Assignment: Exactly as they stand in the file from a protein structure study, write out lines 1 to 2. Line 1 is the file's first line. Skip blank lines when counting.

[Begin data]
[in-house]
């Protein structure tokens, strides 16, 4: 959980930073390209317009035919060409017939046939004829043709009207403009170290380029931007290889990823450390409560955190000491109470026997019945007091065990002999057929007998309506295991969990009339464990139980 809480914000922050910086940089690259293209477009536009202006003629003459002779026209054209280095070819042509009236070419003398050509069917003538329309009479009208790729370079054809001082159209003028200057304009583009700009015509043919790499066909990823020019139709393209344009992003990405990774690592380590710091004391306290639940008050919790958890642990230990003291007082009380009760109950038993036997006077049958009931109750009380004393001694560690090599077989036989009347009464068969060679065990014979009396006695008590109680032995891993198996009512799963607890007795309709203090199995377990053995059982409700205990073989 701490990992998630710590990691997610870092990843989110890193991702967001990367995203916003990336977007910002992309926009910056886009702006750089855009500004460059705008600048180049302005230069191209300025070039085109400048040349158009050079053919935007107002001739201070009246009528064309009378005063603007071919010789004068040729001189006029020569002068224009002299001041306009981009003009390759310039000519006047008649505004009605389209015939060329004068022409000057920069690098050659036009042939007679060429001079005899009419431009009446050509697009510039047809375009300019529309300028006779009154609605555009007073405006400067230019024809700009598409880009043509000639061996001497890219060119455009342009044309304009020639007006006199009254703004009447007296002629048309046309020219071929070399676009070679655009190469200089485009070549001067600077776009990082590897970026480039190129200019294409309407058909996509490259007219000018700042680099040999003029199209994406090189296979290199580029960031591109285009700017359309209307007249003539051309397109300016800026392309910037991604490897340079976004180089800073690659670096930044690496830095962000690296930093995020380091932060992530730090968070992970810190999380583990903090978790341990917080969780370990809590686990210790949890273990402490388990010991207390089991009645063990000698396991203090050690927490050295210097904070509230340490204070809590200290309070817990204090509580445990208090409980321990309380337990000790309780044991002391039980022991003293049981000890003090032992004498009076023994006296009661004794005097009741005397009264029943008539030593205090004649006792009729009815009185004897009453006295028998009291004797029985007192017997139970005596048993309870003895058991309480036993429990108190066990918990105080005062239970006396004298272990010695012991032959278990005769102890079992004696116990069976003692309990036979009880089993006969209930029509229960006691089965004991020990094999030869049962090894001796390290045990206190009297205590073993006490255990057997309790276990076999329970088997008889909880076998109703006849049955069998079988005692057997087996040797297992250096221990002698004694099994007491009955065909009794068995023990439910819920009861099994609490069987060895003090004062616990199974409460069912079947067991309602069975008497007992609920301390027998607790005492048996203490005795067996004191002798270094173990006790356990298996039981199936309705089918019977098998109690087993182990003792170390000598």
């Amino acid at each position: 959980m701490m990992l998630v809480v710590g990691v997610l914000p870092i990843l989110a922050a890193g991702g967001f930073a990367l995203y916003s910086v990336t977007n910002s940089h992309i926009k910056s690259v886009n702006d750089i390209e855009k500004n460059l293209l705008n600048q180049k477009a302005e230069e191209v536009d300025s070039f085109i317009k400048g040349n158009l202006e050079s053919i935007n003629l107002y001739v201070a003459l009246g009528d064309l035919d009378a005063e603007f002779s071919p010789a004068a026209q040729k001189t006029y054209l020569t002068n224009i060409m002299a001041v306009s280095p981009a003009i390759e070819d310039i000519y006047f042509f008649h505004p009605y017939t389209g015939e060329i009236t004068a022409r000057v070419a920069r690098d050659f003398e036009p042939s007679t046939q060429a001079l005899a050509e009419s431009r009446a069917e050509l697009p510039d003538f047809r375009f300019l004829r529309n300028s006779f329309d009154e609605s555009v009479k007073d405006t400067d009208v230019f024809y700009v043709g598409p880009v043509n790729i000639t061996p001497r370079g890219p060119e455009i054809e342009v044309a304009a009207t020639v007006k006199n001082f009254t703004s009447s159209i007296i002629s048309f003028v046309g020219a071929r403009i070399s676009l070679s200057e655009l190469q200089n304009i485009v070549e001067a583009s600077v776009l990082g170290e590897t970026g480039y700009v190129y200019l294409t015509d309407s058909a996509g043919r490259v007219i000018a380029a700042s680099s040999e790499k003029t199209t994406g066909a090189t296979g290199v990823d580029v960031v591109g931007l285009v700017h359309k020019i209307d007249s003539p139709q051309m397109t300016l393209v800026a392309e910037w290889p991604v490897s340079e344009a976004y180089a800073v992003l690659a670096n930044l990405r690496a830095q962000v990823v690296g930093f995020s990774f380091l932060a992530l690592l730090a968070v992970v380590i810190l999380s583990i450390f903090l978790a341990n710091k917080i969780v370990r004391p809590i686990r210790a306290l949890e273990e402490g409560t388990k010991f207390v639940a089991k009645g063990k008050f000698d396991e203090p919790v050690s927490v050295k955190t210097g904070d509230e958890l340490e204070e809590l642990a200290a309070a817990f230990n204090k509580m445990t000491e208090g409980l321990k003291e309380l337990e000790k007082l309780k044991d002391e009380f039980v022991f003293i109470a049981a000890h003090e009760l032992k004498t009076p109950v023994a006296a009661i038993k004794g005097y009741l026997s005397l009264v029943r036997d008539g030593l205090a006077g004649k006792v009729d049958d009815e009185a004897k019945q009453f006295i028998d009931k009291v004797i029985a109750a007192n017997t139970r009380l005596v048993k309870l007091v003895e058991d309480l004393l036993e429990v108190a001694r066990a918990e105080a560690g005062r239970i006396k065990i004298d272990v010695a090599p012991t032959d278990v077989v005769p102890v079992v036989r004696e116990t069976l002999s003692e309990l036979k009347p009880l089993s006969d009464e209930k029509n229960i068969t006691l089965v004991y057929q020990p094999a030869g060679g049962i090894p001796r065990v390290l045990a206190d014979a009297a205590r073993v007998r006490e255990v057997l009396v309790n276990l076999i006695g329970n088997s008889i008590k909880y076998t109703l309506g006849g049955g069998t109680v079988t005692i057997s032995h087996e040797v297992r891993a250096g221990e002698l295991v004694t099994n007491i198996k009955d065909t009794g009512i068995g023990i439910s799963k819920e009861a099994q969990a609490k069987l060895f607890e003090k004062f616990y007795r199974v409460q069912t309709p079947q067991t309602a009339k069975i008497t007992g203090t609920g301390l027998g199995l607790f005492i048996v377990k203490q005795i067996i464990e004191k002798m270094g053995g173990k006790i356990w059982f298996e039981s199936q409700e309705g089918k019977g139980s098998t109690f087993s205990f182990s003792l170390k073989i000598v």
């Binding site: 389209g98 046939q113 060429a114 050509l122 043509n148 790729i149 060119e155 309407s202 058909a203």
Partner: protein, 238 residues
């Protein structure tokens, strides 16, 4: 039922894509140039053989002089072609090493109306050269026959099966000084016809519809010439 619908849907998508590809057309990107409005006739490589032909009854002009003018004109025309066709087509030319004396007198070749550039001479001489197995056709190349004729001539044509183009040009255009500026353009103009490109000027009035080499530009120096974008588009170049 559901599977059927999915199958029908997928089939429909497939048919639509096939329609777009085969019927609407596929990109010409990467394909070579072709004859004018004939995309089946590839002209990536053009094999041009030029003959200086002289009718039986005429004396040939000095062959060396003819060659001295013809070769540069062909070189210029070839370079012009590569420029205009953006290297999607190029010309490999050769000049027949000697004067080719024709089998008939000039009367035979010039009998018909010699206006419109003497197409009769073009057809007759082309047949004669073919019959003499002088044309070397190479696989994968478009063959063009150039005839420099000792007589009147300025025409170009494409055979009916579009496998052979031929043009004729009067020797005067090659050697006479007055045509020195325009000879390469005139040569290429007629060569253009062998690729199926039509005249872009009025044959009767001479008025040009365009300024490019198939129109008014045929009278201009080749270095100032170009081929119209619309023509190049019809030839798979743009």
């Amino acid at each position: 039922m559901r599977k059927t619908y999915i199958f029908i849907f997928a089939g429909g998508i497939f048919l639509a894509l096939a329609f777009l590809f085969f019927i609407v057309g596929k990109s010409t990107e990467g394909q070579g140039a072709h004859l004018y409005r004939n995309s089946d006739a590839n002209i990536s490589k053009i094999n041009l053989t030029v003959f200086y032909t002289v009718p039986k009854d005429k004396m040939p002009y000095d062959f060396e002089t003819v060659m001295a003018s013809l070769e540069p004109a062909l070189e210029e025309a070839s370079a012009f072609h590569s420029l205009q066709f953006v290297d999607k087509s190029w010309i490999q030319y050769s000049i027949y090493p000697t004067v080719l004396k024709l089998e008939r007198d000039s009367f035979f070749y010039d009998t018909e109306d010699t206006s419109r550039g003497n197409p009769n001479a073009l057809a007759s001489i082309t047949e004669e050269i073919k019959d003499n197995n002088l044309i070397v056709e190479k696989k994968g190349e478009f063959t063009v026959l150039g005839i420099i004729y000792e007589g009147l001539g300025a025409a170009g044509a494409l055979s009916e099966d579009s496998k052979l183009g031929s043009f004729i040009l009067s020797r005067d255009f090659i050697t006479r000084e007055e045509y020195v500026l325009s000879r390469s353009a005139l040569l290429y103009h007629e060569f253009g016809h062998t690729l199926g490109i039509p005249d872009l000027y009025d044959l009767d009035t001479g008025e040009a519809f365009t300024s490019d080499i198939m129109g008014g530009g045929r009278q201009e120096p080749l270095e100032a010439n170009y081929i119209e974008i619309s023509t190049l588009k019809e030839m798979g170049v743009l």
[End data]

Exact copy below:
[in-house]
């Protein structure tokens, strides 16, 4: 959980930073390209317009035919060409017939046939004829043709009207403009170290380029931007290889990823450390409560955190000491109470026997019945007091065990002999057929007998309506295991969990009339464990139980 809480914000922050910086940089690259293209477009536009202006003629003459002779026209054209280095070819042509009236070419003398050509069917003538329309009479009208790729370079054809001082159209003028200057304009583009700009015509043919790499066909990823020019139709393209344009992003990405990774690592380590710091004391306290639940008050919790958890642990230990003291007082009380009760109950038993036997006077049958009931109750009380004393001694560690090599077989036989009347009464068969060679065990014979009396006695008590109680032995891993198996009512799963607890007795309709203090199995377990053995059982409700205990073989 701490990992998630710590990691997610870092990843989110890193991702967001990367995203916003990336977007910002992309926009910056886009702006750089855009500004460059705008600048180049302005230069191209300025070039085109400048040349158009050079053919935007107002001739201070009246009528064309009378005063603007071919010789004068040729001189006029020569002068224009002299001041306009981009003009390759310039000519006047008649505004009605389209015939060329004068022409000057920069690098050659036009042939007679060429001079005899009419431009009446050509697009510039047809375009300019529309300028006779009154609605555009007073405006400067230019024809700009598409880009043509000639061996001497890219060119455009342009044309304009020639007006006199009254703004009447007296002629048309046309020219071929070399676009070679655009190469200089485009070549001067600077776009990082590897970026480039190129200019294409309407058909996509490259007219000018700042680099040999003029199209994406090189296979290199580029960031591109285009700017359309209307007249003539051309397109300016800026392309910037991604490897340079976004180089800073690659670096930044690496830095962000690296930093995020380091932060992530730090968070992970810190999380583990903090978790341990917080969780370990809590686990210790949890273990402490388990010991207390089991009645063990000698396991203090050690927490050295210097904070509230340490204070809590200290309070817990204090509580445990208090409980321990309380337990000790309780044991002391039980022991003293049981000890003090032992004498009076023994006296009661004794005097009741005397009264029943008539030593205090004649006792009729009815009185004897009453006295028998009291004797029985007192017997139970005596048993309870003895058991309480036993429990108190066990918990105080005062239970006396004298272990010695012991032959278990005769102890079992004696116990069976003692309990036979009880089993006969209930029509229960006691089965004991020990094999030869049962090894001796390290045990206190009297205590073993006490255990057997309790276990076999329970088997008889909880076998109703006849049955069998079988005692057997087996040797297992250096221990002698004694099994007491009955065909009794068995023990439910819920009861099994609490069987060895003090004062616990199974409460069912079947067991309602069975008497007992609920301390027998607790005492048996203490005795067996004191002798270094173990006790356990298996039981199936309705089918019977098998109690087993182990003792170390000598």